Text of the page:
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Hong Kong police remove kicking, screaming protesters

Demonstrators sit in a street of the central district after a pro-democracy rally seeking greater democracy in Hong Kong on July 1, 2014.
Philippe Lopez | AFP | Getty Images
Demonstrators sit in a street of the central district after a pro-democracy rally seeking greater democracy in Hong Kong on July 1, 2014.

Hundreds of police forcibly removed kicking and screaming protesters from the Central business district on Wednesday, holdouts of an all-night sit-in on the heels of a mass rally demanding greater democracy from Communist Party rulers in Beijing.

The pro-democracy march on Tuesday, which organizers said attracted more than 510,000 people, and the subsequent sit-in by mainly student groups could be the biggest challenge yet to China which resumed control over the former British colony in 1997.

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Many of the more than 1,000 protesters linked arms in a bid to resist efforts to remove them but they were taken away one at a time, in some cases by three or four police, as activists kicked, screamed and punched before being bundled on to buses.

"I have the right to protest. We don't need police permission," the crowd chanted as they sat sweltering in Hong Kong's summer heat and humidity.

The activists were taken in buses to the police training school in Hong Kong, although it was unclear how many arrests had been made or how long they would be detained.

"Our purpose is first universal suffrage and second to let the government respond to Hong Kong citizens' voice for democracy," said Frank Chio, a representative of the Hong Kong Federation of Students.

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"This is only step one, there will be other steps."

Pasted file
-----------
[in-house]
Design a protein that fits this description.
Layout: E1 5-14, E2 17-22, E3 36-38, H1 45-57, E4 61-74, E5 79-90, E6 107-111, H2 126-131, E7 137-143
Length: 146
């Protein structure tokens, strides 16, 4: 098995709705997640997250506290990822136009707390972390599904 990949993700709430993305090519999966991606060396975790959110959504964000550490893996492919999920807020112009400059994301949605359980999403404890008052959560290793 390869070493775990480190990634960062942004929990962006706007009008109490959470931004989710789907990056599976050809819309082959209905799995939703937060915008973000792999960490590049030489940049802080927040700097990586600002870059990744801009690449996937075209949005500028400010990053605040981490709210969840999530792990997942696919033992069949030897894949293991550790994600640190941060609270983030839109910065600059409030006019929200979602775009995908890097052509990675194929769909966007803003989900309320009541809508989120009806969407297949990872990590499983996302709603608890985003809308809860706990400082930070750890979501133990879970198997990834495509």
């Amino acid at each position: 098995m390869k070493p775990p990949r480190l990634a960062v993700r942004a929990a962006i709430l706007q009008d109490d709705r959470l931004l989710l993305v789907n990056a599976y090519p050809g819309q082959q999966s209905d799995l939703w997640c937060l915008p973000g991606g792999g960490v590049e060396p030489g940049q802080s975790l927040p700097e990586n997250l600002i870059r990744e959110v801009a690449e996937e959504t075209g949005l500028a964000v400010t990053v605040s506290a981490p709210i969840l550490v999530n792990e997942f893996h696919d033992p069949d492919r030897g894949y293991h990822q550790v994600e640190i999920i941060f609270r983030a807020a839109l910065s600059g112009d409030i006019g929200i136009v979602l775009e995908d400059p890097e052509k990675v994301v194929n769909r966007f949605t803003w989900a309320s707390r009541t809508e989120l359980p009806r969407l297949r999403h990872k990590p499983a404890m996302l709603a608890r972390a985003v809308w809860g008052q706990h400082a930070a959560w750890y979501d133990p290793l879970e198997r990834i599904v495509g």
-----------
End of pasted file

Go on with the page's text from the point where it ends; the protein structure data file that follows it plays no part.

In one of the first moves of what is expected to be a hot political summer in Hong Kong, the demonstrators were demanding greater democracy in elections for the city's leader, or chief executive, in 2017.

They want nominations to be open to everyone. China's leaders want to ensure only pro-Beijing candidates are on the ballot.

Hong Kong returned to China with wide-ranging autonomy under the formula of "one country, two systems", allowing protests such as Tuesday's march to take place.

But China bristles at open dissent, especially over sensitive matters such as demands for universal suffrage and the annual June 4 vigil in Hong Kong to mark the crackdown on pro-democracy protesters in Beijing in 1989.

Such protests, even by one or two people, would be met by stern punishment elsewhere in China.

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Hong Kong Chief Executive Leung Chun-ying said on Tuesday his government would do its "utmost" to move towards universal suffrage and stressed the need for stability. Beijing's Liaison Office in Hong Kong said China "firmly supported" universal suffrage for Hong Kong, and "its sincerity and determination is unswerving".

Volunteer lawyer Jonathan Man, who was at the police training school to support activists, said up to 500 people may have been taken away, although some would likely just fill in forms and would then be allowed to leave.

Twenty to 30 core activists, such as those who spoke on the stage at the rally, were not allowed to leave, Man said.

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Police had warned protesters that failure to evacuate Central might end in arrest and prosecution.

One man took to a stage and shouted: "The whole world will know how ugly the Hong Kong police are."

The protest threatened to disrupt traffic as people returned to work following a public holiday on Tuesday to mark the 17th anniversary of Hong Kong's return to China.

Some buildings in the area, including HSBC's headquarters, were ringed by barriers, although these were largely cleared as business resumed.

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